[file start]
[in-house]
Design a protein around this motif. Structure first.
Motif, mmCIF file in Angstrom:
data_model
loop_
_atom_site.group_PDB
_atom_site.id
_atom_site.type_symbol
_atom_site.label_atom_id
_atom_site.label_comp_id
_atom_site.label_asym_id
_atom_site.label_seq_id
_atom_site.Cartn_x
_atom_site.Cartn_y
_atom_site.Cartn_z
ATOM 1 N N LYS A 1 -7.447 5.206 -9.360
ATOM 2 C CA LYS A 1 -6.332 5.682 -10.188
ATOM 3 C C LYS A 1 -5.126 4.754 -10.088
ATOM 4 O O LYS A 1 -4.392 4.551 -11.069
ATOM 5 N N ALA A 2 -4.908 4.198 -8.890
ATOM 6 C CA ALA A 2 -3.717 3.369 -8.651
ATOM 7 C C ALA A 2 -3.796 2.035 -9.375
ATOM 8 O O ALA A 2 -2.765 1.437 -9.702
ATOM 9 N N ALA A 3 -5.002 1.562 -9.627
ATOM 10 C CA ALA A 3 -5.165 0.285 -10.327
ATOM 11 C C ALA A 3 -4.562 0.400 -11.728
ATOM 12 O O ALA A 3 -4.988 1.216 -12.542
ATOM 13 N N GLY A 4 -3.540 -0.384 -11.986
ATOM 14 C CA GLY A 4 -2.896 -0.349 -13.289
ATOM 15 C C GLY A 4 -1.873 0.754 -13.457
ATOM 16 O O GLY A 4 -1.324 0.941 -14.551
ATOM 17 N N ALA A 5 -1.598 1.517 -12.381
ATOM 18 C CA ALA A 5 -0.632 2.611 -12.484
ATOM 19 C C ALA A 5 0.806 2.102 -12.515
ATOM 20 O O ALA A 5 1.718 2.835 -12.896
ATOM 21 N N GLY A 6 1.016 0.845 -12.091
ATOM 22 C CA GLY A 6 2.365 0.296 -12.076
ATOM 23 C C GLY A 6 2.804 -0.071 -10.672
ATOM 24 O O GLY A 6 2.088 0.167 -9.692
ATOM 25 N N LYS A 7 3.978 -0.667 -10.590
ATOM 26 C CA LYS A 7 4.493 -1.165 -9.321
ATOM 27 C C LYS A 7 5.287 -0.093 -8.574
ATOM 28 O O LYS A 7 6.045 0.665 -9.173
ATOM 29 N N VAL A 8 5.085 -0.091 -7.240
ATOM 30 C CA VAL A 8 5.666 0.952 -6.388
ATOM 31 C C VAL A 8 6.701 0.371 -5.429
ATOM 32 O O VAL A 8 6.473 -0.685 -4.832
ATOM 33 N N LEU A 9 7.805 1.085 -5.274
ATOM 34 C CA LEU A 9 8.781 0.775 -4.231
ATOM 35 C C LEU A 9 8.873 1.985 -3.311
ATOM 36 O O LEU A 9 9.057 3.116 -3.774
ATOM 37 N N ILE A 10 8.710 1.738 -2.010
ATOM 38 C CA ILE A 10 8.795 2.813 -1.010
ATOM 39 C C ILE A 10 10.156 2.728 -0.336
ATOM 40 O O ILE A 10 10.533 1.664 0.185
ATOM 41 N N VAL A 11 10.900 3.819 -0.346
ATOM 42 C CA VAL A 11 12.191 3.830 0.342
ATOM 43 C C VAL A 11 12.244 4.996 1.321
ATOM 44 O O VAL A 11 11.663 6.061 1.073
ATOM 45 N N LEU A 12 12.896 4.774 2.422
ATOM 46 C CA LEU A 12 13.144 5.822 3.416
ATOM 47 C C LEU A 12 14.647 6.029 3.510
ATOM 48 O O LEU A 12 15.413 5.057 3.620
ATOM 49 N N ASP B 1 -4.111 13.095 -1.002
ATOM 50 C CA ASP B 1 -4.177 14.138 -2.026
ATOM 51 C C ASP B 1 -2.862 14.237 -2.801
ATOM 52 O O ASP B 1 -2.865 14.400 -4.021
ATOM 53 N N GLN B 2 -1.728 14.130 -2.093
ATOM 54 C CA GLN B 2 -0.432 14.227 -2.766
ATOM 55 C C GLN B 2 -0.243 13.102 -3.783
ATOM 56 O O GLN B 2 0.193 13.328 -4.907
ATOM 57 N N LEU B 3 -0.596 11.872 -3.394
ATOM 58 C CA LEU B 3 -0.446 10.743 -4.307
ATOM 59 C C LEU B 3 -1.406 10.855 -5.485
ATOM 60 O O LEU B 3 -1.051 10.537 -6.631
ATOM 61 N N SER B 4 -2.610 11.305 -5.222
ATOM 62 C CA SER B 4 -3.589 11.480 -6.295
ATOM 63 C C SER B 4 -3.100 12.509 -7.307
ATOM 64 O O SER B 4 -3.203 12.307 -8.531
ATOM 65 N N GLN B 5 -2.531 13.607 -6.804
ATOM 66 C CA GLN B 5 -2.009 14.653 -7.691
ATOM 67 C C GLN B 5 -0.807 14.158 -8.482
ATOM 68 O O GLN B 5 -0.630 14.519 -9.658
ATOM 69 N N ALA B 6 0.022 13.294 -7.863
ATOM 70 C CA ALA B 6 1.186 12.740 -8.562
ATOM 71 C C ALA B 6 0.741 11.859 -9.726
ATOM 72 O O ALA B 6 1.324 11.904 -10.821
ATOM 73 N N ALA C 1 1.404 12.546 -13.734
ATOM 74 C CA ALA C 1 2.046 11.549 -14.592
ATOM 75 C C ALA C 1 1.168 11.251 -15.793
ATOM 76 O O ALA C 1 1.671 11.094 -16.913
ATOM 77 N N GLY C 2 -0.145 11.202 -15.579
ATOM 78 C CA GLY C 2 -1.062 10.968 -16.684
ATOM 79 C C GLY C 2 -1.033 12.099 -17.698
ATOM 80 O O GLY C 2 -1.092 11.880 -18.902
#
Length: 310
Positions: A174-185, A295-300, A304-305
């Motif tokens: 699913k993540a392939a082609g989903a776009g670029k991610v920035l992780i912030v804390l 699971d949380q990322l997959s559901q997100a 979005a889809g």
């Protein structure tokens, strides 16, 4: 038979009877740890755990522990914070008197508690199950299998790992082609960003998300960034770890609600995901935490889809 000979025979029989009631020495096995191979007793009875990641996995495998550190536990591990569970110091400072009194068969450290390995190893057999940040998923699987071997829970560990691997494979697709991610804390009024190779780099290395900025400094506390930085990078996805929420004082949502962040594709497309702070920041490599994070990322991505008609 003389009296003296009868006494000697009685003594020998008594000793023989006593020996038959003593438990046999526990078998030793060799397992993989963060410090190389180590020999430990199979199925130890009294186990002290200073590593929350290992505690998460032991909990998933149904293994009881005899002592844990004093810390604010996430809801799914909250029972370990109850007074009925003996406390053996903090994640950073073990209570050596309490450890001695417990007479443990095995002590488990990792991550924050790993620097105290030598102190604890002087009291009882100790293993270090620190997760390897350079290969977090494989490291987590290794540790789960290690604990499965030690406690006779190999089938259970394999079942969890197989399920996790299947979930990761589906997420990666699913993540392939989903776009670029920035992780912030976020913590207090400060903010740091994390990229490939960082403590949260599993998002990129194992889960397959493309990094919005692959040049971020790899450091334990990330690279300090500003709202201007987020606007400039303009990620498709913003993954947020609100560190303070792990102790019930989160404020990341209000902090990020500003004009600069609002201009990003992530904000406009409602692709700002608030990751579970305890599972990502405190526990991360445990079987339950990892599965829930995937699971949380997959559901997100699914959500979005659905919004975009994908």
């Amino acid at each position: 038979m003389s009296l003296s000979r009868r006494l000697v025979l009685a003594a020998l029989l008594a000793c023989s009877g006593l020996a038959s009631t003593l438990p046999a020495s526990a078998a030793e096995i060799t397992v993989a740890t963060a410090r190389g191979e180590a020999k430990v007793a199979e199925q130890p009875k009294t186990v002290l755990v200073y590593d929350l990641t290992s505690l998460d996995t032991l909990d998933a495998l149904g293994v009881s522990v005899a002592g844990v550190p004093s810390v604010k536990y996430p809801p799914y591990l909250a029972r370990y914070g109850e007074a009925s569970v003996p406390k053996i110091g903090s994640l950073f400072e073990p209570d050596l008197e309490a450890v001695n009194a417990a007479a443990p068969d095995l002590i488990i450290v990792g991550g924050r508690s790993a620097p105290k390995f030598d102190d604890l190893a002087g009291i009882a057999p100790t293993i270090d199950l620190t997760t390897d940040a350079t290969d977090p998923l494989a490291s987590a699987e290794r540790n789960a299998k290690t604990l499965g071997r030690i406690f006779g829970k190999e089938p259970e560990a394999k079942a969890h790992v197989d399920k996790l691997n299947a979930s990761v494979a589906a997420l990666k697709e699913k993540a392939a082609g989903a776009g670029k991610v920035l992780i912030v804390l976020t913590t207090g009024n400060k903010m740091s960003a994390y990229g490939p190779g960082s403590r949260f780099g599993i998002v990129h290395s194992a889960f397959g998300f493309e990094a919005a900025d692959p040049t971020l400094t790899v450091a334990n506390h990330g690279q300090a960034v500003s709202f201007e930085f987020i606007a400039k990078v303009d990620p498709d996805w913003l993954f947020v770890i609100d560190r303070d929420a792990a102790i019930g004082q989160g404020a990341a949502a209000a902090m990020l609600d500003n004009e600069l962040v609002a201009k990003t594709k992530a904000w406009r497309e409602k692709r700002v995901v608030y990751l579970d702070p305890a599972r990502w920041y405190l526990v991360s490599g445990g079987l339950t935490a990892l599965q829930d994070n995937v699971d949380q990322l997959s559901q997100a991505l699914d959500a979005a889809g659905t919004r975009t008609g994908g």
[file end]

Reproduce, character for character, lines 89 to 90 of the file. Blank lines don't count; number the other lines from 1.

ATOM 74 C CA ALA C 1 2.046 11.549 -14.592
ATOM 75 C C ALA C 1 1.168 11.251 -15.793